Possible harmful effects

A look at the possible consequences of these advertising messages. 

     

 

    Many critics see problems as to how food is being advertised to women.  For many decades food advertisements have been used as a way to make women feel that the only way to feel loved or appreciated was to eat their product.  Katherine Parkin, in her book Food is Love, writes "Advertisers' most fundamental message to women, and one that underscores all others, is that food is love" (Parkin 30, words in italic are Parkin's).  Chocolate advertisements prey on women in a different, though some would say just as harmful, way.  

 

    One way in which advertisements become a problem is when food is displayed as the lover.  The promotion of human relationships as unimportant, along with the desensitizing that occurs through the abundance of sexual images, results in a recipe for disaster.  Jean Kilbourne agrees and writes in her article "Advertising and Disconnection"

So, all these blatant sexual images that surround us actually are more likely to lead to disconnection rather than connection.  And substance abuse and addiction, especially for women, is often a response to disconnection.  Advertising doesn't cause this disconnection, of course, just as it doesn't cause addiction.  But it does objectify women's bodies, making it more difficult for women to feel safely 'embodied' and thus furthering a sense of dissociation.  And it creates a climate in which disconnection and dissociation are normalized, even glorified and eroticized, and finally deliberately offers addictive products--alcohol, cigarettes, food--as a way to cope with the pain this causes. (Reichert 179-180)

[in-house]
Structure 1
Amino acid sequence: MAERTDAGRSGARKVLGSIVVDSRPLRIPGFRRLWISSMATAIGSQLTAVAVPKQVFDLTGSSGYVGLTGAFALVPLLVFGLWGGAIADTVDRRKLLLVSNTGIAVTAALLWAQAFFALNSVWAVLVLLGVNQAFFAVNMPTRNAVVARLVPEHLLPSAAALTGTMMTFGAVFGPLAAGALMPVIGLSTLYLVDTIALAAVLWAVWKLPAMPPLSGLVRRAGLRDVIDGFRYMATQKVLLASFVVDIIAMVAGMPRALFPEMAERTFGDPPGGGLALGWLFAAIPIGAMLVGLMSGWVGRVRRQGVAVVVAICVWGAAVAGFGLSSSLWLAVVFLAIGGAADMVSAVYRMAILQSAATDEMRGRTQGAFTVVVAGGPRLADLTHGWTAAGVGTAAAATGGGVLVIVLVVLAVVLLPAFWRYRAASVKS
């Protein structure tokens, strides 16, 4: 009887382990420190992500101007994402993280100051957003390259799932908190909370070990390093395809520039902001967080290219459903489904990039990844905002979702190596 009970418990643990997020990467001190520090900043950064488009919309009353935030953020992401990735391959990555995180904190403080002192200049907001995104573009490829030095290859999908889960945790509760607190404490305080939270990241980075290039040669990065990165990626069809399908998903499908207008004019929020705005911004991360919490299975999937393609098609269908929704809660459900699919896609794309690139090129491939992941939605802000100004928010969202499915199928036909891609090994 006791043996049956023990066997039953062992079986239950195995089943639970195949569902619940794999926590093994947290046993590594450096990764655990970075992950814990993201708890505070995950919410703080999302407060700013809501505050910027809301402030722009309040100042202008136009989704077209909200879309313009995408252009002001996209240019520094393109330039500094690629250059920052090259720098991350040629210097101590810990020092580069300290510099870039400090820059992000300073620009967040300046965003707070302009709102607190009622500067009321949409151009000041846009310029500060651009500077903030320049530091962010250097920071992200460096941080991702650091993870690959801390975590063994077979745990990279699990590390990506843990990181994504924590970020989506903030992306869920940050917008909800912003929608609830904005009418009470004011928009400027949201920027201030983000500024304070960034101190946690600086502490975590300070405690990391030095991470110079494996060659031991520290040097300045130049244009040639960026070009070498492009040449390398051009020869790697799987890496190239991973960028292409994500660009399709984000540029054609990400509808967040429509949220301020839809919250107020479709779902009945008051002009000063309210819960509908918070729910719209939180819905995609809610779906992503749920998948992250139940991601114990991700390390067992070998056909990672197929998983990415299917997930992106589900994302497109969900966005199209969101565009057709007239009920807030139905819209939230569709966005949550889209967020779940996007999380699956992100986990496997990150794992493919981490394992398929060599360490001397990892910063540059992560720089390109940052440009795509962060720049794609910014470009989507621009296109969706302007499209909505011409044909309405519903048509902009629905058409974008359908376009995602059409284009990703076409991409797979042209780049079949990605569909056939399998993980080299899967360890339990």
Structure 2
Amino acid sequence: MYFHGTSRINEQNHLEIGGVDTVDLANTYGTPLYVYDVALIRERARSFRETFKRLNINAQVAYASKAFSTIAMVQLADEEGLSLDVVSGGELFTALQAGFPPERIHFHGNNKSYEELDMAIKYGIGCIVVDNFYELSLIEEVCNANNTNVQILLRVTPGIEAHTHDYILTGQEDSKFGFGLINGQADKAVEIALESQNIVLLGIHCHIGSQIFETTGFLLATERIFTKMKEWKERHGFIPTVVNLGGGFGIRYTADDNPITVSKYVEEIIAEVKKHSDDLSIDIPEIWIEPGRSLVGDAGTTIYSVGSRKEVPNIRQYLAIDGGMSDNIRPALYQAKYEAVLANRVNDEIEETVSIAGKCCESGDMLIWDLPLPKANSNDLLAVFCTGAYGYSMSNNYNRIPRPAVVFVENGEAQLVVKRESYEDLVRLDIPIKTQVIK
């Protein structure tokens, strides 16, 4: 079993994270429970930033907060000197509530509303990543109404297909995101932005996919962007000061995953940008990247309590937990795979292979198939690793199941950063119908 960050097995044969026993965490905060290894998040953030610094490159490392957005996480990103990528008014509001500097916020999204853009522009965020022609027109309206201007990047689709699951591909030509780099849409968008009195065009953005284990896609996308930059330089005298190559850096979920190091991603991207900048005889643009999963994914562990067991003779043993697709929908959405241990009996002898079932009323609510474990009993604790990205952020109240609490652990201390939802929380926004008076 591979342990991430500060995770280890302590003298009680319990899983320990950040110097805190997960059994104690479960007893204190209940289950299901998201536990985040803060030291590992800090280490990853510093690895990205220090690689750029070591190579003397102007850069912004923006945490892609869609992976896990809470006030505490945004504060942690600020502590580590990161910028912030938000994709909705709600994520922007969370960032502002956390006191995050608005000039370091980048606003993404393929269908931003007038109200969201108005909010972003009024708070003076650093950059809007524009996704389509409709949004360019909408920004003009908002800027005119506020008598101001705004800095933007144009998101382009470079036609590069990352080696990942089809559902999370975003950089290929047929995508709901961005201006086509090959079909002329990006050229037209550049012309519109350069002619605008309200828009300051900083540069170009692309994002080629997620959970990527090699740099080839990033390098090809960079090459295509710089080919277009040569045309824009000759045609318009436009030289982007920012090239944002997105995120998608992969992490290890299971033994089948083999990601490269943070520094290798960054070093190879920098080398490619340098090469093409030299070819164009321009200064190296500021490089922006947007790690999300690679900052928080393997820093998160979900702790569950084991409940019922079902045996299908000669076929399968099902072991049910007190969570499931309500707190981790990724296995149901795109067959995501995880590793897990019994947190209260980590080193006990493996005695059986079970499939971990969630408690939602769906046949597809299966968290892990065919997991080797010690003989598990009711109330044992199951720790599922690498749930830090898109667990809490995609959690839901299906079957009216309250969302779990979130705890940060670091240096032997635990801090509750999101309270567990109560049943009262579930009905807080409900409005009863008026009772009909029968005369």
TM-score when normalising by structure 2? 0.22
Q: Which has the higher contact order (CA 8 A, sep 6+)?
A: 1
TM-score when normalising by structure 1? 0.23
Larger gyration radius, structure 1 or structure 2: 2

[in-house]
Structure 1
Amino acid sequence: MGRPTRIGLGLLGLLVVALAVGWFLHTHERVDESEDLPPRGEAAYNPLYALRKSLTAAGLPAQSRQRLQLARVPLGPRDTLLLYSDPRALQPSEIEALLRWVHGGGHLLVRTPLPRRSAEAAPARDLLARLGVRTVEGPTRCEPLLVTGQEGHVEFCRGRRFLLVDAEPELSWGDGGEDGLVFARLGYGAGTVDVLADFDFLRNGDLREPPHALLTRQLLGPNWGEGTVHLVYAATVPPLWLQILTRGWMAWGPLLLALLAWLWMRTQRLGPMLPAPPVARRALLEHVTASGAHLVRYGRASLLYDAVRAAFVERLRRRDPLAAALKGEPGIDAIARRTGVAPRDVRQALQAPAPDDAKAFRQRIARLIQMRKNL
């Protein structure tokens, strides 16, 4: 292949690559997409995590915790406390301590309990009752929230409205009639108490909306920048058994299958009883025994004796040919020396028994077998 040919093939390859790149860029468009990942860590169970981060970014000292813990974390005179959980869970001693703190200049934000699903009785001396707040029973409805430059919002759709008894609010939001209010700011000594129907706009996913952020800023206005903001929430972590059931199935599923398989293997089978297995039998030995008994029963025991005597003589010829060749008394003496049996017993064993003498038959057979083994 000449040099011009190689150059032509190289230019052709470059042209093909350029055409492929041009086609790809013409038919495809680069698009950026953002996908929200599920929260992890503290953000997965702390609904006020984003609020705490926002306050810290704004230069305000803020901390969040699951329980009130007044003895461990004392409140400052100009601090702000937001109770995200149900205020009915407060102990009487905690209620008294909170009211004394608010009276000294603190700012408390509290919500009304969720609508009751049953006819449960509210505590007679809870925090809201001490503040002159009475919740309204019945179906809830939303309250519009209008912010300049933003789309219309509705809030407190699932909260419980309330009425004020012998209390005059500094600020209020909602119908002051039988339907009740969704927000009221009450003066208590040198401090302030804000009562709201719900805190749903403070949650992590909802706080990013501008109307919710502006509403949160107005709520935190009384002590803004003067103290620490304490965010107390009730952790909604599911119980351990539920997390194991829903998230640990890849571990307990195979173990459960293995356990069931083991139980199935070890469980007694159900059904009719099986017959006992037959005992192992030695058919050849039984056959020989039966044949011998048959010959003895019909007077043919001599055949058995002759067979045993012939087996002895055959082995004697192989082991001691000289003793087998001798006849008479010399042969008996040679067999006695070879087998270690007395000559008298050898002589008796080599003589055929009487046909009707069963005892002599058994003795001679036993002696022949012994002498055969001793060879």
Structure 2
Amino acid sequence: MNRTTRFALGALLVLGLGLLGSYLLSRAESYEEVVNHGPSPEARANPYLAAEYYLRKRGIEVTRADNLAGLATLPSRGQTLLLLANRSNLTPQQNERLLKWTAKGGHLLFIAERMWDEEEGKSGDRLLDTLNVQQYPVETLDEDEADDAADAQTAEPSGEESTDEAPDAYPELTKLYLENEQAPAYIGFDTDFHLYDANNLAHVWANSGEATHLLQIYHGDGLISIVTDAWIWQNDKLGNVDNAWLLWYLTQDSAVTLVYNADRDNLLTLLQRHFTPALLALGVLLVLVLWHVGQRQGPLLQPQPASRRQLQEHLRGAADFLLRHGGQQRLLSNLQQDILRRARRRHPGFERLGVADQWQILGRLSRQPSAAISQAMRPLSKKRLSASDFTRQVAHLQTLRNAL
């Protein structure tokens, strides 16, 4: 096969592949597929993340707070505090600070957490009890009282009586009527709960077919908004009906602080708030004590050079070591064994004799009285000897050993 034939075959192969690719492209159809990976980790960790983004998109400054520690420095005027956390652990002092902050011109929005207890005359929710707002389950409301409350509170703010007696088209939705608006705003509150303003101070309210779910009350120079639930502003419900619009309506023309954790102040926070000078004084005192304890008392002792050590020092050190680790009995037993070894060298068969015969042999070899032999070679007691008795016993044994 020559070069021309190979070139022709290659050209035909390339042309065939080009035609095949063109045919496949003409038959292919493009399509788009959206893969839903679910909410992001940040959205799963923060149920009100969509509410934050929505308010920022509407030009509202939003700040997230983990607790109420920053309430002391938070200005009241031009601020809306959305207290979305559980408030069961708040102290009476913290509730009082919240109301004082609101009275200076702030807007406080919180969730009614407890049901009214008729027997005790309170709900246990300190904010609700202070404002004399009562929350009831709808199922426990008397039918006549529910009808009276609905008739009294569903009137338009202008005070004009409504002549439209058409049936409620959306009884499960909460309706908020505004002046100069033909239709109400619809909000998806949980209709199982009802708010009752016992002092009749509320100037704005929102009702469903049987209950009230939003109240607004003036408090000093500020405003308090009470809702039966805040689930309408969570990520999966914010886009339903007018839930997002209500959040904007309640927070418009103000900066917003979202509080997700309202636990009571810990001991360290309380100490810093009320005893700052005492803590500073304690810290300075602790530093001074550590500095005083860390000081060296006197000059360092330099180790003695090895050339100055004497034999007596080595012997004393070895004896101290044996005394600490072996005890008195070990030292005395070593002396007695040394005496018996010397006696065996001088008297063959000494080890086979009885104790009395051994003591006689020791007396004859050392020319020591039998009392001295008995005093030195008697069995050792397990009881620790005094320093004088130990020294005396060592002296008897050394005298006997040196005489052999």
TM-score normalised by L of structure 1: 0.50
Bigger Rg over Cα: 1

Kilbourne states here that food advertisements do not cause disconnection and addition, but it is clear that that is how she feels.  It is of course impossible to say that advertising promotes these sad conditions for women because it is not something that can be definitively proven.  For example, a chocolate ad that makes a women feel that she would rather have chocolate than an intimate experience is clearly promoting disconnection.  Having chocolate instead of having a human being can become a dangerous preference.  This disconnection Kilbourne feels can lead to addiction, an addiction to the very product promoting the disconnection.

   

     Susan Bordo feels that advertisers know the difficulty some women have in regards to their emotions and food.  She writes, "Advertisers are aware, too, of more specific ways  in which women's lives are out of control, including our well-documented food disorders; they frequently incorporate the theme of food obsession into their pitch" (Bordo 105).  

 

    The above example is a perfect one to show how Bordo feels these advertisements use obsession in their ads.  "Indulge everyday" is the message.  Indulging everyday, and being instantly gratified, can easily become an obsession for someone already inclined to behave that way.  The obsession can seen as a wonderful thing, to treat yourself because you deserve it.  However, Kilbourne feels, "Another problematic aspect of the cumulative impact of food advertising is that many ads normalize and glamorize harmful and often dangerous attitudes toward food and eating" (Kilbourne 116).  To obsess and indulge in something like chocolate everyday is truly not promoting good eating habits.